Despite its improved showing in the ratings this year, the Nine Network is getting gun-shy at the number of flops it has produced.
The latest is the poorly performing Canal Road, which has been pushed back from 9.30pm Wednesdays (after Underbelly in all states bar Melbourne where is was screened at 8.30pm) to 10.30pm.
That’s the equivalent of TV death. 10.30pm is the end of the premium TV advertising slot, the so-called Zone 1 ratings period (6pm to 10.30pm) where the bulk of viewers and ad dollars can be found. After that, ad rates drop and audiences fall. Clever programming can delivery premium returns but Canal Road is too expensive for Nine to make any money on it after 10.30pm: it costs around $600,000 an ep. It started out with just over a million viewers but lost around 250,000 in the second week to average 831,000.
Canal Road was Nine’s chance to shine in prime time. Instead, it joins the likes of Monster House, The Power of 10, The Moment of Truth and the still on air My Kid’s A Star as 2008 flops for Nine, along with programs like The Sarah Connor Chronicles and Cashmere Mafia, which have faded.
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While Ten and Seven have had bombs this year, they have perservered with some programs. Seven has revamped a poorly performing Saturday night line-up and pushed the dying Lost to 10.30pm Thursday nights.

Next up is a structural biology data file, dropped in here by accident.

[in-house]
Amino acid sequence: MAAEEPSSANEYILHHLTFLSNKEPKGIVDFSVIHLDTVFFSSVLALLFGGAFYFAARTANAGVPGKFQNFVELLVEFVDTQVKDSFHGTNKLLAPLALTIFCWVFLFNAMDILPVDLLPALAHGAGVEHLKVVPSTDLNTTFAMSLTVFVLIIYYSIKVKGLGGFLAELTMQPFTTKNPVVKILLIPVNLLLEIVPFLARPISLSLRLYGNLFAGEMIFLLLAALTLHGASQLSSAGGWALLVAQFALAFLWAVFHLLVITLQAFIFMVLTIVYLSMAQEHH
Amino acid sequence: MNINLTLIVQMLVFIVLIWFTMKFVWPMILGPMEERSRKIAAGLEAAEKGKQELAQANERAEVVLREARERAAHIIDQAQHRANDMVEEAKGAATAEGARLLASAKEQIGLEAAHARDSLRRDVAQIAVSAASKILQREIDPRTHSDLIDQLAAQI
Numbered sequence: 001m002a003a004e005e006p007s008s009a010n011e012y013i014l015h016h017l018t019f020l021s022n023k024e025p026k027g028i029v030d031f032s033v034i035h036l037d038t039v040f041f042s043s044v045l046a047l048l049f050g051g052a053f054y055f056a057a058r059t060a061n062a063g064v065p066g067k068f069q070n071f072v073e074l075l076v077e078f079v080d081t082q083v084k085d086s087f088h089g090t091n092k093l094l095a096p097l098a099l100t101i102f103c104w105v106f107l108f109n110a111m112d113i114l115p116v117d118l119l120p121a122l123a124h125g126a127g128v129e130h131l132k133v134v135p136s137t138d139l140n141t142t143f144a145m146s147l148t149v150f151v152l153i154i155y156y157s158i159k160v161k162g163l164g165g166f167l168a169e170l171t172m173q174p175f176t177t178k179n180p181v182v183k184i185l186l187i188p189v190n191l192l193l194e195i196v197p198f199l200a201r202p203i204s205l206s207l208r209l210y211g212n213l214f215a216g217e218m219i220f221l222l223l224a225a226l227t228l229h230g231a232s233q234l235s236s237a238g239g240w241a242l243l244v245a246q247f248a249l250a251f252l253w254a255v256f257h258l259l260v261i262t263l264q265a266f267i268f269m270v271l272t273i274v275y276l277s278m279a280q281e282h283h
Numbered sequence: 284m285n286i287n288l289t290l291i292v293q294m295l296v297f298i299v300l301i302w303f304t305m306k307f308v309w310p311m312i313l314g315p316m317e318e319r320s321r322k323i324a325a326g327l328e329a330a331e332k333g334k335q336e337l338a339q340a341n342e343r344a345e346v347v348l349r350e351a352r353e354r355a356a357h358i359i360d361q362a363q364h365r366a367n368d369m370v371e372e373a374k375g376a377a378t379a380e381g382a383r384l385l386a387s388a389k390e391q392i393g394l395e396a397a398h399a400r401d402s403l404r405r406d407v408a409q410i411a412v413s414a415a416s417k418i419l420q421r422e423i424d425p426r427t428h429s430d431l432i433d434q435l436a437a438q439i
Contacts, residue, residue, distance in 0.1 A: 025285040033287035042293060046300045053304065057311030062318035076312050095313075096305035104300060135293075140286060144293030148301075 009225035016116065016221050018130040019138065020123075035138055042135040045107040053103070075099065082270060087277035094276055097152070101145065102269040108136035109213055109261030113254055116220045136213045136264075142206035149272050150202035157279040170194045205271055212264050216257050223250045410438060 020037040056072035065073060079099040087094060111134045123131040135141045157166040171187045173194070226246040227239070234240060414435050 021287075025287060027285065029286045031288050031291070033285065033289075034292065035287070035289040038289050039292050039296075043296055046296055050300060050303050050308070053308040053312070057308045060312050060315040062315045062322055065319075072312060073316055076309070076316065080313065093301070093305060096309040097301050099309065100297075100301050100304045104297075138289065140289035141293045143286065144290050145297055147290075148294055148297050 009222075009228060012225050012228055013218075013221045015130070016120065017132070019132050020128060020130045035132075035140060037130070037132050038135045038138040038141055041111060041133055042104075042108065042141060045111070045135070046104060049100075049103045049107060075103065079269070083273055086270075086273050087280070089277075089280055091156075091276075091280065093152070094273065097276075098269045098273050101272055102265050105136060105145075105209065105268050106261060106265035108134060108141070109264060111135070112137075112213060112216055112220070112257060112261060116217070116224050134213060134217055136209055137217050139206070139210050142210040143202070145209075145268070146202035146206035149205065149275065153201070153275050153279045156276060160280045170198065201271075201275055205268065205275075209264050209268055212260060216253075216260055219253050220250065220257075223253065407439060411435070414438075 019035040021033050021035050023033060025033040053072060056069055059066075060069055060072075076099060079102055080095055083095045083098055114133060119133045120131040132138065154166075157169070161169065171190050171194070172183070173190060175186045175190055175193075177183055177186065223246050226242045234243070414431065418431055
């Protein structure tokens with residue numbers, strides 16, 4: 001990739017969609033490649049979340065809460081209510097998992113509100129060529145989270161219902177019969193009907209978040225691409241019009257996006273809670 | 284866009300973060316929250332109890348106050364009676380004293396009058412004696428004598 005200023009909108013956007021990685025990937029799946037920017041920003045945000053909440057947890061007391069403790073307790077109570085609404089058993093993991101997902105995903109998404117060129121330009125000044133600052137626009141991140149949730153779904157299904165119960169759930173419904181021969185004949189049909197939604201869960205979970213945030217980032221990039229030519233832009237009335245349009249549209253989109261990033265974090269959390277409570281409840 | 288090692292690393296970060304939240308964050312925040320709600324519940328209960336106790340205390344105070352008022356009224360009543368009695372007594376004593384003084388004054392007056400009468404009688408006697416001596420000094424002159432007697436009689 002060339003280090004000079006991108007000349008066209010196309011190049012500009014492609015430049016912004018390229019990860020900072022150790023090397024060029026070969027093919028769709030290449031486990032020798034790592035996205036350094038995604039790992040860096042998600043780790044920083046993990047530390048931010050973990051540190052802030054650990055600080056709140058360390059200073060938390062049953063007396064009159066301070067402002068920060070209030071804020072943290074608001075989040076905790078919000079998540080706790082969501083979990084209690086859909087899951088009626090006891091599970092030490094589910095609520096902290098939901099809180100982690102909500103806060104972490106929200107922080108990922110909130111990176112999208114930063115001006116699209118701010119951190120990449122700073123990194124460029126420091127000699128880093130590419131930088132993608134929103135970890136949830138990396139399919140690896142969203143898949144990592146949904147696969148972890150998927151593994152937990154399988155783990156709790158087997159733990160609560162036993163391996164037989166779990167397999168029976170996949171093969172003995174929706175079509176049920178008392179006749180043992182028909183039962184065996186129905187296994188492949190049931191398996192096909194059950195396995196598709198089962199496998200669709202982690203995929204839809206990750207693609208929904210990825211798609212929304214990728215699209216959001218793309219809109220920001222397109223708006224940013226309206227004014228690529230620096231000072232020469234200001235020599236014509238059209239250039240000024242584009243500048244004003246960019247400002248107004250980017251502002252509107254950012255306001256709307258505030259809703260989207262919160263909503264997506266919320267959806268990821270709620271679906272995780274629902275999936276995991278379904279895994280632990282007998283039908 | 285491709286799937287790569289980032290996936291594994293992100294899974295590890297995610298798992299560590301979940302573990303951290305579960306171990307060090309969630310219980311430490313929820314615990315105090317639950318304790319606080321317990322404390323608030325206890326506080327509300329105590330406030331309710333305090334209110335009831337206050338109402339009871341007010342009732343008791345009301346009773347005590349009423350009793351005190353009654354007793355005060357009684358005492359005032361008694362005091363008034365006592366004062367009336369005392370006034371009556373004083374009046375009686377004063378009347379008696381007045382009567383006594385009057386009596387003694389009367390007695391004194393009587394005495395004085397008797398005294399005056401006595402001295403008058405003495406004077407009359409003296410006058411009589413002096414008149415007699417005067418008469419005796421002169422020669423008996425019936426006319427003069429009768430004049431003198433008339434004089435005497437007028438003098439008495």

The replacement for Canal Road is more Gordon Ramsay.
Jane Nethercote writes:
Just as he swoops in to save shambolic restaurants from ruin, Channel Nine is hoping that Gordon “potty-mouth” Ramsay will work his magic for them too.
The demoted Canal Road will be replaced with Ramsay’s Hell’s Kitchen at 9:30pm (except Melbourne where it will show at 8:30pm).
Ironically, Channel Nine last year replaced Hell’s Kitchen with Comedy Inc because it wasn’t rating well enough. (Seriously, do Nine execs have worms?)
The latest manoeuvre means Ramsay now has Nine’s prime time slot from Tuesday to Thursday, filled with various incarnations of his TV franchise: Ramsay’s Kitchen Nightmares (UK and US versions) and Hell’s Kitchen. (How long will it be before they add the latest Ramsay show, The F-Word, to the roster?)
“There’s wall-to-wall Gordon Ramsay,” a Nine source told The Australian. “We’ve got lots of Kitchen Nightmares still to go.”
For Nine, it seems, Gordon Ramsay’s franchise is the new CSI. Diluted and set in an increasing number of locations, it has the ability to fill ever more air time, but perhaps with increasingly mixed results.
Since they realised Ramsay rates his socks off, Nine execs have been milking his popularity. The equation seems straightforward: if viewers like it, give ’em more. And more. Let’s just hope they don’t kill the golden goose in the process.